Hemophilia is a family of rare bleeding disorders characterized by inadequate levels of intrinsic coagulation factors, Factor VIII (FVIII) in hemophilia A and Factor IX (FIX) in hemophilia B. This leads to insufficient thrombin generation for the conversion of fibrinogen to fibrin for the development of a stable clot. Replacement factor therapies are provided as a prophylactic treatment to prevent bleeds or for on-demand treatment to treat an active bleed. Some patients develop inhibitory antibodies making them refractory to treatment. Although hemophilia patients have defects in the intrinsic pathway, the extrinsic pathway remains intact. An alternative approach to therapy would be to augment the extrinsic tissue factor pathway. TFPI is a Kunitz domain type inhibitor that negatively regulates thrombin generation within the extrinsic pathway of coagulation by rapidly inactivating the protease functions of Factor Xa and the Factor VIIa/Tissue Factor complex. PF-06741086 is a fully human monoclonal antibody directed against TFPI. Here, we investigated the activity of PF-06741086 in controlling bleeding in hemophilic mouse injury models when administered after a bleeding injury.
PF-06741086 restores hemostasis prior to the onset of an injury. As a model for on demand treatment of bleeds, the effect of PF-06741086 on restoring hemostasis in hemophilia A mice following the induction of a severe bleed was monitored. PF-06741086 (1, 3, and 6 mg/kg), recombinant FVIII (200 U/mg) or vehicle were administered to mice, at 2 minutes into an active bleed after the 3 mm tail transection. A dose-dependent decrease in blood loss was observed with the infusion of PF-06741086, 51 % (3 mg/kg), and 76 % (6 mg/kg) compared to vehicle treated mice. A decrease in blood loss (81 %) was also observed for mice receiving recombinant FVIII, compared to vehicle treated mice. The magnitude of the effect in mice that received PF-06741086 (6 mg/kg) at 2 minutes post injury was similar to hemostatic effects of recombinant FVIII administered 2 minutes after the onset of bleeding.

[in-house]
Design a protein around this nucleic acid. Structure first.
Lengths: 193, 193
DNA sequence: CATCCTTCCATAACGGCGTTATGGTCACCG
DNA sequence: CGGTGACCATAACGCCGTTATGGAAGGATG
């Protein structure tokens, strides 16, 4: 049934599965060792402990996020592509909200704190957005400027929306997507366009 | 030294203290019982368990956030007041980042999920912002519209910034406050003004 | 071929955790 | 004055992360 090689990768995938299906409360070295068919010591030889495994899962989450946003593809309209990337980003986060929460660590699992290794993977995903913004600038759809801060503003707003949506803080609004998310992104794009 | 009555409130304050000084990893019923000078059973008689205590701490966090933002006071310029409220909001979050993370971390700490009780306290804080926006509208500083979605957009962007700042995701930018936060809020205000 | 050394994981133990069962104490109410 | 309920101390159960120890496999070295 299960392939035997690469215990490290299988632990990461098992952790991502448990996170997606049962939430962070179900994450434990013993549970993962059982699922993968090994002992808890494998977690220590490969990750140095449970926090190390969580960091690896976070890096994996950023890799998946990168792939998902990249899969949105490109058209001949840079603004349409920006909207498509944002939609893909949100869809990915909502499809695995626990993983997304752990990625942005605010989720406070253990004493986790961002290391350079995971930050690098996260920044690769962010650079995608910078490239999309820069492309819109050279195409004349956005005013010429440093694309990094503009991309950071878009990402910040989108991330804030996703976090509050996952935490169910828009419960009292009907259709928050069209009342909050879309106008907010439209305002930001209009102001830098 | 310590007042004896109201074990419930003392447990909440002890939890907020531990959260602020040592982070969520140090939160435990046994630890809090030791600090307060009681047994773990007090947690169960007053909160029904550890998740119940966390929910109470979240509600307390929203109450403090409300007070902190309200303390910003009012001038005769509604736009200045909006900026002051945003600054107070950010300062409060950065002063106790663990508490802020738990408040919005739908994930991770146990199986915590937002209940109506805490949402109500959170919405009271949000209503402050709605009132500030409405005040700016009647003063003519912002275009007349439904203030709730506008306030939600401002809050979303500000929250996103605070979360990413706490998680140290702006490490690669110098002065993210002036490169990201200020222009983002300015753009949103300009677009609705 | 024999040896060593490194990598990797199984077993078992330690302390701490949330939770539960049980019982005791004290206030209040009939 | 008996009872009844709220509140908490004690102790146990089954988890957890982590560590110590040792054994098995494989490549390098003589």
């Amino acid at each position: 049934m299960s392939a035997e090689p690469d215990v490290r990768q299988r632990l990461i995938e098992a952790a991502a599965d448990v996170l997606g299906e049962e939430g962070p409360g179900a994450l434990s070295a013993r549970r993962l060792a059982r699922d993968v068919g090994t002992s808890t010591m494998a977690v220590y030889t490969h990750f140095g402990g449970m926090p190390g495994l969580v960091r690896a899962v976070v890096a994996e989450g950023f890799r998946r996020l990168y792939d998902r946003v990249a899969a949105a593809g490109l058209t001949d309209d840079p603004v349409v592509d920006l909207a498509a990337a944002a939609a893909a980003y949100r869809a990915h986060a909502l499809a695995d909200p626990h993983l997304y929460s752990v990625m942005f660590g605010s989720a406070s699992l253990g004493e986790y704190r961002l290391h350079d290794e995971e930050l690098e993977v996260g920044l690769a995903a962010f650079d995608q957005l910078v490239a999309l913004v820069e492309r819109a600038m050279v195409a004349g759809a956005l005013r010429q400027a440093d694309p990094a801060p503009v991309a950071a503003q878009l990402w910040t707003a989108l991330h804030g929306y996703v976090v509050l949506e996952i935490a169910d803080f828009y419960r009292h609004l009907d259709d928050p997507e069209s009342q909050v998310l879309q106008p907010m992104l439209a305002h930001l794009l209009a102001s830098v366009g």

In a second model, the cremaster microvessel laser injury model was used to investigate the hemostatic effect of PF-06741086 in hemophilia A mice after the induction of a vessel injury. In each individual mouse, an injury was made without administration of PF-06741086 and data was recorded for platelet accumulation and fibrin generation. A second laser injury was made in the same mouse and a single intravenous dose of PF-06741086 was infused at 6 mg/kg immediately following the laser injury. When compared to untreated mice, enhanced platelet accumulation and fibrin deposition at the site of injury was observed when PF-06741086 was administered in hemophilia A mice during an ongoing bleed induced with laser injury.
In summary, PF-06741086, an inhibitor of TFPI, restores hemostasis in on demand hemophilia mouse injury models when administered after the onset of a bleeding injury. PF 06741086 is being developed for the treatment of hemophilia A and hemophilia B, with and without inhibitors.
All experiments were within guidelines and were reviewed and approved by Pfizer Institutional Animal Care and use Committee.
Jasuja:Pfizer: Employment. Barakat:Pfizer: Employment. Murphy:Pfizer: Employment. Pittman:Pfizer: Employment.
Asterisk with author names denotes non-ASH members.